The research on display by undergraduate students in York’s Department of Psychology at the annual Honours Thesis Poster Day explored everything from perceptions of transsexual archetypes, to the longevity of elite soccer players, to a poster titled the “Interdimensional lizard people control the world: Schizotypy and the supernatural conspiracy mentality”.
More than 80 fourth-year Psychology students in the Faculty of Health presented the findings of their work, the culmination of a year of thesis research with a faculty mentor, in the Vari Hall Rotunda April 7th.
“It’s such a fantastic opportunity for undergraduates to work with mentors and conduct research, and attempt to explain that research outside of the classroom as well by learning how academic conferences work. For many who are going onto graduate studies, this is an invaluable benefit, a peek into what academia is like,” says organizer and Associate Professor of Psychology, Jill Rich.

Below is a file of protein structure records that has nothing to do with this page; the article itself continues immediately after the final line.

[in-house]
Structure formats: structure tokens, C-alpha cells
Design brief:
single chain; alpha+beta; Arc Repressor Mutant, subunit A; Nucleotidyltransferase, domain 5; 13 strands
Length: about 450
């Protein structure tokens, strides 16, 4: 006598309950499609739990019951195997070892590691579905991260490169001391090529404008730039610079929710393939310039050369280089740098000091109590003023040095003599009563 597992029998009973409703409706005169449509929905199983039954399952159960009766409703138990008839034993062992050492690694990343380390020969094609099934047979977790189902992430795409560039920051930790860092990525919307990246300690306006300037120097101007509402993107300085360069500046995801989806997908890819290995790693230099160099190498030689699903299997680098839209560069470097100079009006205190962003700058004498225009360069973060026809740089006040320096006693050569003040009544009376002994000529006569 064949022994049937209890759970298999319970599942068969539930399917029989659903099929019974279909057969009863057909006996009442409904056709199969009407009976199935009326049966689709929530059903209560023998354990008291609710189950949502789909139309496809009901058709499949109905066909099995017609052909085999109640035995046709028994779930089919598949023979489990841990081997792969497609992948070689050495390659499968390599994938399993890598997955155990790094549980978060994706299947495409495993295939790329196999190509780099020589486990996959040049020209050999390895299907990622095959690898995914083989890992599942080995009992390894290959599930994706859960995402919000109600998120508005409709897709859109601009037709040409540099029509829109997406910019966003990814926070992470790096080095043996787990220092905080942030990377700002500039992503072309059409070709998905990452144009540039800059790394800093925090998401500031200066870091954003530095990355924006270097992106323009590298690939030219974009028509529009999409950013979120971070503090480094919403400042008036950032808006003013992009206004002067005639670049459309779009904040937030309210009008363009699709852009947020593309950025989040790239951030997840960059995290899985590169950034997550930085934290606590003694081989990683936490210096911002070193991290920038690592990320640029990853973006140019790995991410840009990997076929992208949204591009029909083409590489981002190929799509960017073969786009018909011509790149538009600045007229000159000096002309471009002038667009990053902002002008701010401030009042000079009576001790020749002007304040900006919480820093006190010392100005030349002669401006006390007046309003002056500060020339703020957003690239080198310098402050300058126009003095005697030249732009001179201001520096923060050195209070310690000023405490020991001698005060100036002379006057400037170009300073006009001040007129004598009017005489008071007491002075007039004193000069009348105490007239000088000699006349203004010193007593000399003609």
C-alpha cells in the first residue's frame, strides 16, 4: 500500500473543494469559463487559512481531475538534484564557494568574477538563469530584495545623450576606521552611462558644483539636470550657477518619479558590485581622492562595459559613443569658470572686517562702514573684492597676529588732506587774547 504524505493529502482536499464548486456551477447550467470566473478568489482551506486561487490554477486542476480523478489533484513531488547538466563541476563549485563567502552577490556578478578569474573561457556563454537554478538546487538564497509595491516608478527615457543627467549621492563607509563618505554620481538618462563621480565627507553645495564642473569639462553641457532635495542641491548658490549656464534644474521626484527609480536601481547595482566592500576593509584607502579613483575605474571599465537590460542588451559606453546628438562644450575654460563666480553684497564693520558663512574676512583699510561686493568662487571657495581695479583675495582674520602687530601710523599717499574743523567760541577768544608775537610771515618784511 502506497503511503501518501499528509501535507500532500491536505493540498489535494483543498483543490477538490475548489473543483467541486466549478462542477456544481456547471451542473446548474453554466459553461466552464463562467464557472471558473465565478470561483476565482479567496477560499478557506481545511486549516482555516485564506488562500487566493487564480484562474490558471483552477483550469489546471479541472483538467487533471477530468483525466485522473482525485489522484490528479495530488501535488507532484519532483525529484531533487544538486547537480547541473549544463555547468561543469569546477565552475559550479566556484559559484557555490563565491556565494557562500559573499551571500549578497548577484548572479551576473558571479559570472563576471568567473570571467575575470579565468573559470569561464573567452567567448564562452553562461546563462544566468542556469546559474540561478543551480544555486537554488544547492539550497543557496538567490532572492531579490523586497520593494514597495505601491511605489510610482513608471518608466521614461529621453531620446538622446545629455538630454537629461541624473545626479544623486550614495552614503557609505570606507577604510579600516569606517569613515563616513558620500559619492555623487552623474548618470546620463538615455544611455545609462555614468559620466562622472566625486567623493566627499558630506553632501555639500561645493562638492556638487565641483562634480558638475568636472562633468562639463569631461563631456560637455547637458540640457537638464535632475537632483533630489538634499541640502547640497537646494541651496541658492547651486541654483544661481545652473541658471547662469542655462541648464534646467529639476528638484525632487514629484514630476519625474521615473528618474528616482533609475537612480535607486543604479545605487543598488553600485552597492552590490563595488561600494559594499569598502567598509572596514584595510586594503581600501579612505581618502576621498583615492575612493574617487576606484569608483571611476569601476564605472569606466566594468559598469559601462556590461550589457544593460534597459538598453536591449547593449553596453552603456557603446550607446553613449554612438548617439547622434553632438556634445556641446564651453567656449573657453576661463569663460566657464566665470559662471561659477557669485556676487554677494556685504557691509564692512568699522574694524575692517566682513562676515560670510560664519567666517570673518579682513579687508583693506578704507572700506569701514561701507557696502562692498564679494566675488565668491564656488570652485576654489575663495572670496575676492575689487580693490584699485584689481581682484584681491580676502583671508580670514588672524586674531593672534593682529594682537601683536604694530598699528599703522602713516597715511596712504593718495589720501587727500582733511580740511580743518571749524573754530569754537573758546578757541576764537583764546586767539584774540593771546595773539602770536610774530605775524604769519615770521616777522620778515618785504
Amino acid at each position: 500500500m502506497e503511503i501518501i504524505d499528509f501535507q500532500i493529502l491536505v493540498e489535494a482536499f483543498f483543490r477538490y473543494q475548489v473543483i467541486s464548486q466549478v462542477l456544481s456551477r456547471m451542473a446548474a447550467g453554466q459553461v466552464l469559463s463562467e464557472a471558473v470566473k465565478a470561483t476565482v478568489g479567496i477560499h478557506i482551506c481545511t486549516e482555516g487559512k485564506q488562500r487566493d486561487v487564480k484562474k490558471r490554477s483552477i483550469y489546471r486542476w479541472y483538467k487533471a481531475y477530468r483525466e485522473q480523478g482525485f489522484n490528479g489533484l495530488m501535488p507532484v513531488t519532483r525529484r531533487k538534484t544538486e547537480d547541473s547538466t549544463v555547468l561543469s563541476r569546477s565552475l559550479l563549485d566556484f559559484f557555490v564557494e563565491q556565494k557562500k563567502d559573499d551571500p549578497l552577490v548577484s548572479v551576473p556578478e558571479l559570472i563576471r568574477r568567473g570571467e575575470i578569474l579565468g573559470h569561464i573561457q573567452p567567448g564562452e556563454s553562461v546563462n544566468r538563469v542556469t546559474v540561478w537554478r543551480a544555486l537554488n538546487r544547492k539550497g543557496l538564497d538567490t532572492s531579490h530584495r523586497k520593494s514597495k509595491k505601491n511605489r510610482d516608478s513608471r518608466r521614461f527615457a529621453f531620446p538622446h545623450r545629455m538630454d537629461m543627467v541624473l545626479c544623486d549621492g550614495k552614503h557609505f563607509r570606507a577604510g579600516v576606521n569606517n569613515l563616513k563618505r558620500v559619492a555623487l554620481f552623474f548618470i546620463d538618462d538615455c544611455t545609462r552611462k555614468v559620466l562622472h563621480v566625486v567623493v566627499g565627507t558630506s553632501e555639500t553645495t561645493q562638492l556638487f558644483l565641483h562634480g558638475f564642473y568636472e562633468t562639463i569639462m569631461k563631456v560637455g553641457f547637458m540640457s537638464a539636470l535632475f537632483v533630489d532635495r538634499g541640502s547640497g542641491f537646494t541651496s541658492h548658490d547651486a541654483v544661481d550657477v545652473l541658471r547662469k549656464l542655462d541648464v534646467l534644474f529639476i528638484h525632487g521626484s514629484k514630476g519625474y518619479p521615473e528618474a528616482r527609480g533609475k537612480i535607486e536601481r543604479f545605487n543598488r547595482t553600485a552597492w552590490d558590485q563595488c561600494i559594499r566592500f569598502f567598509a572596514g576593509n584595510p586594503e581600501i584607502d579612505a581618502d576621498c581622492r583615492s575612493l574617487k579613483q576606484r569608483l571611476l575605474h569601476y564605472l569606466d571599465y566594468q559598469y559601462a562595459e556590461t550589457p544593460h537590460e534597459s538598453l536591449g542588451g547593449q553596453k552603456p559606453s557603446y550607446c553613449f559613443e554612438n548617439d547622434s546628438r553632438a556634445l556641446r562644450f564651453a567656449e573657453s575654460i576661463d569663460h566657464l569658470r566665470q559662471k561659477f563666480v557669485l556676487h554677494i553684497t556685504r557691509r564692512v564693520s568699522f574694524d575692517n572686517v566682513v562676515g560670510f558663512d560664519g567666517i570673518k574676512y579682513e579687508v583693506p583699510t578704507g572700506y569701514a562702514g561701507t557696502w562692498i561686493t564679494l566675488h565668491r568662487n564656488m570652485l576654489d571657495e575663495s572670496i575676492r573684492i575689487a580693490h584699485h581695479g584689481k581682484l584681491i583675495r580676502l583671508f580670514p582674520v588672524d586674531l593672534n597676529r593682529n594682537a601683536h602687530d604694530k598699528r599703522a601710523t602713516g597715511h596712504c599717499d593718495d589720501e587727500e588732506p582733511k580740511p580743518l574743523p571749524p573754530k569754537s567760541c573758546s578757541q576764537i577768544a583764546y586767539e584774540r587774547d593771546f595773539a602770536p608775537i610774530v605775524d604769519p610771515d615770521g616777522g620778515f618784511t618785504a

Two research posters that caught the attention of a panel of graduate student judges to win the top awards were: “Activism from within: Feminist psychologists challenge the ethics of therapist-client sexual relations in the 1970s” by Susanna Kim, tied in first place with “Painter’s Decline: Toward the use of art as a screening tool for Alzheimer’s disease” by Katherine Matthews.
Details of the various studies, including the two winning ones, were summarized and displayed on posters in the style typical of professional Psychology conferences. Visitors had an opportunity to view the posters and to ask questions of the student researchers.
To view photos from the day, click here for the Faculty of Health’s Flickr page